How to (Hopefully) Avoid Genetically Modified Foods in Grocery Stores

Food seems to be the topic of the day.  I’ve just returned from shopping at our nearby Kroger store, and as I headed for the check out, my cart was filled with Simple Truth items. We are lucky enough to have a Whole Foods and a Trader Joe’s in the Nashville area, but they are on the opposite side of town – an hour round trip even in decent traffic. Of course, my first choice for groceries is a local farmers’ markets, but this time of year, that is not an option.  If I can find acceptable items at the local Kroger, which is about 3 miles from where we live, then I go there on a weekly basis. I’ll hit Whole Foods about once a month.

I was beginning to wonder if I could continue this routine because of my concern with GMOs and because I want to know the country in which my food was grown and, if applicable, processed.  I wrote Kroger’s corporate offices, asking questions about these two issues, and I got a very nice response quickly.  Here is the letter I received.

Dear Angela:

Thank you for contacting Customer Connect regarding the Labeling of our products.

Our company will always put a statement on our packages that indicates if any part of our product was made in/obtained from outside of The United States. If this information is omitted from the label, the product is from The United States. (The country of origin will not be labeled on tea, coffee, and spices as those are obtained from various sources.) We include this information so that our consumers may make informed purchasing decisions.

Please know that our company has high standards for our private labeled products. All products must comply with Kroger specifications, which are often more stringent than government standards.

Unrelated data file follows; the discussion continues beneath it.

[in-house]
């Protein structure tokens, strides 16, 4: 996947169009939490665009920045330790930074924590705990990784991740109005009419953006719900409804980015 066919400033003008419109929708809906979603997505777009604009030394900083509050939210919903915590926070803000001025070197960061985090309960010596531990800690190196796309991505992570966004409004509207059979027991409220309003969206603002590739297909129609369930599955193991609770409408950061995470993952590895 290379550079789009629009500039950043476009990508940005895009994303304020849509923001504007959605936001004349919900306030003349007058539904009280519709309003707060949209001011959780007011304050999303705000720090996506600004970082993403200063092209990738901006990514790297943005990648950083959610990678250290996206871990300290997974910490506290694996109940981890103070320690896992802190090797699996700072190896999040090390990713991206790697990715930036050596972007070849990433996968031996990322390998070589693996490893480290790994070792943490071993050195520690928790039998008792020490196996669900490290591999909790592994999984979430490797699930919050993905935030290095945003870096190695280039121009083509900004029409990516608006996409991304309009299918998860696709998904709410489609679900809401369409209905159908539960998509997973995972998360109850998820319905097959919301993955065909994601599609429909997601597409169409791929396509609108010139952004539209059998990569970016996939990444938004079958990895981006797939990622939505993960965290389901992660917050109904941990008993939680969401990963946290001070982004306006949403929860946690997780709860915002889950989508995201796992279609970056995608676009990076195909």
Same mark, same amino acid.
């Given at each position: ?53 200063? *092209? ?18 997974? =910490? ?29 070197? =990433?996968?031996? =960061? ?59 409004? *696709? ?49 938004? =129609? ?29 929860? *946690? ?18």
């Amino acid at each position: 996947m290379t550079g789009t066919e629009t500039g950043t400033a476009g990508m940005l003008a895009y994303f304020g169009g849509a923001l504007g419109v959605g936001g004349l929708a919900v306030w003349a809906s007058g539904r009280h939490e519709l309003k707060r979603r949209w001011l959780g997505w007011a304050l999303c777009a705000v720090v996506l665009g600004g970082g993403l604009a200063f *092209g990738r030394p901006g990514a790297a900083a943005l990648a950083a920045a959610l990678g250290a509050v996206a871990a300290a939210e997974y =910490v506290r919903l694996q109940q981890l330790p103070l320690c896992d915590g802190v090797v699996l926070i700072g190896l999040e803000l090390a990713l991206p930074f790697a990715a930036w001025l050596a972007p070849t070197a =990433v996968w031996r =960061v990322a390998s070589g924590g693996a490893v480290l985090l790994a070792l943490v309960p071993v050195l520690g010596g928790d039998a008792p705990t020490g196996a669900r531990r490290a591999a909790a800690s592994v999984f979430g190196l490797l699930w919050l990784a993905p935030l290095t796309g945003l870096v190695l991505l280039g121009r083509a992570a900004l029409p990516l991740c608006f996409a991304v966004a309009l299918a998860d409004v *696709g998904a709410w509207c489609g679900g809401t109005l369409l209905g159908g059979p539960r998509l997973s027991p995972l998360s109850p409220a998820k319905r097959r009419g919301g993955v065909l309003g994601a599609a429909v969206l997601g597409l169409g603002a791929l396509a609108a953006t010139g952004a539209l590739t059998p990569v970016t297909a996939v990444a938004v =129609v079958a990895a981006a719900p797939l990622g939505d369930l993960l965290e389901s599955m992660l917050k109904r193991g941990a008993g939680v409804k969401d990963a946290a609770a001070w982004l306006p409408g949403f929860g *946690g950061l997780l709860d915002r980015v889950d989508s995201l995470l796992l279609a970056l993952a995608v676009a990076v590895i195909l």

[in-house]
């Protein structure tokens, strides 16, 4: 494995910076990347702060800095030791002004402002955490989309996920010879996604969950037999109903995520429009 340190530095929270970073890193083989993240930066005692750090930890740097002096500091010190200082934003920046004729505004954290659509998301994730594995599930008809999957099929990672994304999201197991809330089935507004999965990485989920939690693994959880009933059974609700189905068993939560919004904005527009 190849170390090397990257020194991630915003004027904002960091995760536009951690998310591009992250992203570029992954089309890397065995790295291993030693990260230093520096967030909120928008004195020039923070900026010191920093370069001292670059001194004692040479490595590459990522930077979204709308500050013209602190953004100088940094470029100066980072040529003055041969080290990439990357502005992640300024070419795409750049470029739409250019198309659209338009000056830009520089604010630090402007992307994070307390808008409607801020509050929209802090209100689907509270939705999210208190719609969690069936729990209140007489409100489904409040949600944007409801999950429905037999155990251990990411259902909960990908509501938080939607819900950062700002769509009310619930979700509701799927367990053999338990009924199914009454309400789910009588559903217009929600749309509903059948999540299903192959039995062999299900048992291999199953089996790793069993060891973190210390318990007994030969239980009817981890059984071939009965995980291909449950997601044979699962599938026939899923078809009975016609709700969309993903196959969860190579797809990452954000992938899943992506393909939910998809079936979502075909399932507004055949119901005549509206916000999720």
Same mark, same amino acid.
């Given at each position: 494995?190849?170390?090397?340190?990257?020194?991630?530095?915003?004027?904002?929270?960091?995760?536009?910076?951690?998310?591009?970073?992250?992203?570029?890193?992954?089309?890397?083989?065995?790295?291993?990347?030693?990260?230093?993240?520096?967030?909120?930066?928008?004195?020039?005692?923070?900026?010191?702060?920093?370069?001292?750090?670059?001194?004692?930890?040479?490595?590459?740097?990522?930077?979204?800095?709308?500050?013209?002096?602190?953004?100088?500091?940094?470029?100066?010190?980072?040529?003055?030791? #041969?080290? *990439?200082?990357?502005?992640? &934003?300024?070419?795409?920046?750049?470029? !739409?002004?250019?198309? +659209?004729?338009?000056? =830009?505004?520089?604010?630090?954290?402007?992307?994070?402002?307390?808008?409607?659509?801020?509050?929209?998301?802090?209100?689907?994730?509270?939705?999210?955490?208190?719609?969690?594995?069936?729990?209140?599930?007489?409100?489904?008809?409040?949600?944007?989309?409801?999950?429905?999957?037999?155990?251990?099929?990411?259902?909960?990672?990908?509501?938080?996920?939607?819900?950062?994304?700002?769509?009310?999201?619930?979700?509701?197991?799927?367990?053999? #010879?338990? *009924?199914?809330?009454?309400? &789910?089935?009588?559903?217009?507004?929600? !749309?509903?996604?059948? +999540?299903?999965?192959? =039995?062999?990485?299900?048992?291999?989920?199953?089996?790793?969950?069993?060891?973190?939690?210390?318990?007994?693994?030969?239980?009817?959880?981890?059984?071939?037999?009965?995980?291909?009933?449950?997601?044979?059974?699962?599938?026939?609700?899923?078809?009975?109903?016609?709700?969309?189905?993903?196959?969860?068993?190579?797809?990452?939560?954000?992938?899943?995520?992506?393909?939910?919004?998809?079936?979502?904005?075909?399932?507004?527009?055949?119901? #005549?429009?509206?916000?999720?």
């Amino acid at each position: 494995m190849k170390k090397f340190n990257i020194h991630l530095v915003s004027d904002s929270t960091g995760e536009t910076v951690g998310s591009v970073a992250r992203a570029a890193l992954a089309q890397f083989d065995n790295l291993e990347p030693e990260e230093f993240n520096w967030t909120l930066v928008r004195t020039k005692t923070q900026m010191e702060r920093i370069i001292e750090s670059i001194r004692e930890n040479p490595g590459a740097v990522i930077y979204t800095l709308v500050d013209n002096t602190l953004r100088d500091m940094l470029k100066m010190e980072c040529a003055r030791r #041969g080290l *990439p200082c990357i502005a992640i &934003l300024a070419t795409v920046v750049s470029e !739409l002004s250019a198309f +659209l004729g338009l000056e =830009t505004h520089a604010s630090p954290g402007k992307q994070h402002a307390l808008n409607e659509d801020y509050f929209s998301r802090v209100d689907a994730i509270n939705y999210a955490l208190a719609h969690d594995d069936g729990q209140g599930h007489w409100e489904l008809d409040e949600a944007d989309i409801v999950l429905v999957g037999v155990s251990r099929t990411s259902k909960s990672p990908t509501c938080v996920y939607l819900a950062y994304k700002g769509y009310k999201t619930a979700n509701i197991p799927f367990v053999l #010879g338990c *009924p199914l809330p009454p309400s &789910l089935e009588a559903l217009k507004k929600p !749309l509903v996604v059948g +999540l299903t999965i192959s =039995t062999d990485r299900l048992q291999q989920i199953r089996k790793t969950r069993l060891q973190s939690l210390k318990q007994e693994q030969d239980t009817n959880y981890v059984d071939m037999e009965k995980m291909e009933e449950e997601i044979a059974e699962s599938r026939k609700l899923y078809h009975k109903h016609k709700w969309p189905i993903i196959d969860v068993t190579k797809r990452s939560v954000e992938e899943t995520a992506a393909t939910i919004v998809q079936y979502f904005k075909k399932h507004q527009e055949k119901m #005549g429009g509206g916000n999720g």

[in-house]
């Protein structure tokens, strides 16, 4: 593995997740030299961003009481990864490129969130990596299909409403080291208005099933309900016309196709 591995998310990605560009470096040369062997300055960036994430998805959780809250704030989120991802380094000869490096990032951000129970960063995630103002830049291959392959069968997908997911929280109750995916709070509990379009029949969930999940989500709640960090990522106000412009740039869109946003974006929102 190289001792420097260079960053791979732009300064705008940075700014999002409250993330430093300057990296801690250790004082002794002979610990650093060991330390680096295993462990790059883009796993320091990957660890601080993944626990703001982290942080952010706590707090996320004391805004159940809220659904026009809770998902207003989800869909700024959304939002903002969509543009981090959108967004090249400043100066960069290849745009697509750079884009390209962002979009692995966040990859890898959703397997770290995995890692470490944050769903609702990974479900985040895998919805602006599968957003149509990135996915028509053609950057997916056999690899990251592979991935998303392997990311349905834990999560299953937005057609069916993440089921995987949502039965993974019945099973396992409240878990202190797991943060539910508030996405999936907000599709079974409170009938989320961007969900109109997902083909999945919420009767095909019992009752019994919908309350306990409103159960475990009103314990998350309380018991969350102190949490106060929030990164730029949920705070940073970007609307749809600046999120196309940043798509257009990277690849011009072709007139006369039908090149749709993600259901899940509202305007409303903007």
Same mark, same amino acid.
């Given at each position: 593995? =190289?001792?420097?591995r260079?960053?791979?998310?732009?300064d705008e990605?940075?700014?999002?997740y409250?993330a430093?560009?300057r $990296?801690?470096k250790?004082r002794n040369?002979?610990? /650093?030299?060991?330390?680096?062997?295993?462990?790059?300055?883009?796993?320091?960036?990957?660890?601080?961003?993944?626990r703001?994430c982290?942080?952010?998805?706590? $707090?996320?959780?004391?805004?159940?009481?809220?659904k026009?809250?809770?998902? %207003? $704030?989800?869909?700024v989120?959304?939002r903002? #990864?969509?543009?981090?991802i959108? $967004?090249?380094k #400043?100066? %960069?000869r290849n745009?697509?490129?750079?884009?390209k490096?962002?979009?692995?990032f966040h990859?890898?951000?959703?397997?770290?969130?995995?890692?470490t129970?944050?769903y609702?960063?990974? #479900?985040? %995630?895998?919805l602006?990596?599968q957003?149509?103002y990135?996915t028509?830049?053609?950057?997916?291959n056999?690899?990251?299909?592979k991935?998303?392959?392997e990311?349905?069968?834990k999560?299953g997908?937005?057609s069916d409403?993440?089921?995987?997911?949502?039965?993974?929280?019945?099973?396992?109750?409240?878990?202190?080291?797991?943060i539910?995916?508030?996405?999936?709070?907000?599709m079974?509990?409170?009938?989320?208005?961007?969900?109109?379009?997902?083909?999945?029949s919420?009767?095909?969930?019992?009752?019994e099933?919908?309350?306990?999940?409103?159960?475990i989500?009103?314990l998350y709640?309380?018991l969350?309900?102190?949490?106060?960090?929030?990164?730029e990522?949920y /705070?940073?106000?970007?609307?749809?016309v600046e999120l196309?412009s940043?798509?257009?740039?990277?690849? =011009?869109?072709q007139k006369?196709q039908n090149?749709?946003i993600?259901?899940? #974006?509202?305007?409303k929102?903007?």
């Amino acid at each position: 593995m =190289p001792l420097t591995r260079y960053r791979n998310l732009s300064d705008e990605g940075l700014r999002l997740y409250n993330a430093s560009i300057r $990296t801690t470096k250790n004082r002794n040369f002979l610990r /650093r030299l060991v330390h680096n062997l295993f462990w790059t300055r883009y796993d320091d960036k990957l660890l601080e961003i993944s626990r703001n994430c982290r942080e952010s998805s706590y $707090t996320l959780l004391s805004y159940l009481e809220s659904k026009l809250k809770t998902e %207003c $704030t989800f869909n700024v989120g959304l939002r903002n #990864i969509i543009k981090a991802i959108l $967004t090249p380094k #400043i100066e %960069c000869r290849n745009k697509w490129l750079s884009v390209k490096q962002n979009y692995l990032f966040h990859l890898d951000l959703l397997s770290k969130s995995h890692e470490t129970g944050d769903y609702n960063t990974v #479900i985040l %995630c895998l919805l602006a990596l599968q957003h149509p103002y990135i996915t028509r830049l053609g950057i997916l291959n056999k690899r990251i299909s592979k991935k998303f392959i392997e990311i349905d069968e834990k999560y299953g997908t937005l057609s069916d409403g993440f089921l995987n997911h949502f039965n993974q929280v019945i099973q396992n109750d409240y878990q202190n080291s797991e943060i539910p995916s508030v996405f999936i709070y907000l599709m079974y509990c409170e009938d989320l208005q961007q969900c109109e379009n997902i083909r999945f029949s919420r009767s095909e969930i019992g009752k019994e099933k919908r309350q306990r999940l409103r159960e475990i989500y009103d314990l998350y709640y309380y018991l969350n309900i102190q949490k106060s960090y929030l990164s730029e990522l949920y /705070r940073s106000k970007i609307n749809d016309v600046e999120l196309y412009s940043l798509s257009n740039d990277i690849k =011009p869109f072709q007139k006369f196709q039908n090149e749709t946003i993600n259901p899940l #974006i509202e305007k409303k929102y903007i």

Additionally, at this time the only products we guarantee to be free of GMO ingredients are those that are labeled as USDA organic. The USDA organic seal is a small green circle that will be displayed on the packaging of the product if it is organic. Many of our products are organic, but not all of them. If you would like to avoid GMO ingredients, please be aware of this fact and choose your products carefully.

The definitions for what constitute organic can also affect how much of a product is organic. A product labeled ‘100% Organic’ is made of all organic ingredients, with the exception of water and salt. A product simply labeled ‘Organic’ is required to have 95% or more pure organic ingredients. Up to 5% of the ingredients do not have to be pure organic but they do have their own special criteria in that they have to be included in the National Organic Program list of acceptable non-organic items. A product labeled ‘Made with Organic’ must have at least 70% organic ingredients.

In addition, at this time only certain GMO crops are currently approved for sale and consumption in the US. These crops include but are not limited to: Wheat, soybean, flax, canola, potatoes and tomatoes. If you buy a product with one of these ingredients, please consider that it is most likely a GMO product. The instance of GMO circulating in the market currently varies from product to product. For example, over 90% of the US soy crop is currently GMO. Other products may be far lower.

Thank you for the interest you have shown in our products. I hope this helps you to make more informed choices.

I hope that you find this information helpful. If I can be of further assistance, please simply respond to this email or call 1-800-576-4377. Thank you for shopping with us.

Sincerely,
Kroger Customer Connect The Kroger Family of Stores

20140120_184347-1So, taking this person at his or her word, I’m shopping organic products.  Luckily, Kroger has realized that I am not the only consumer who does not want unwanted extras in our food, so the Kroger Simple Truth brand has been expanded. This line of Kroger products is mostly organic and claims to not have any of 101 additives found in other products.  You can click the link above to read the list of items promised not to be in the Simple Truth brand. I don’t know if I can believe what I’ve been told or what the labels state, but it seems a better option for the months when I cannot get most of our food from farmers.

 

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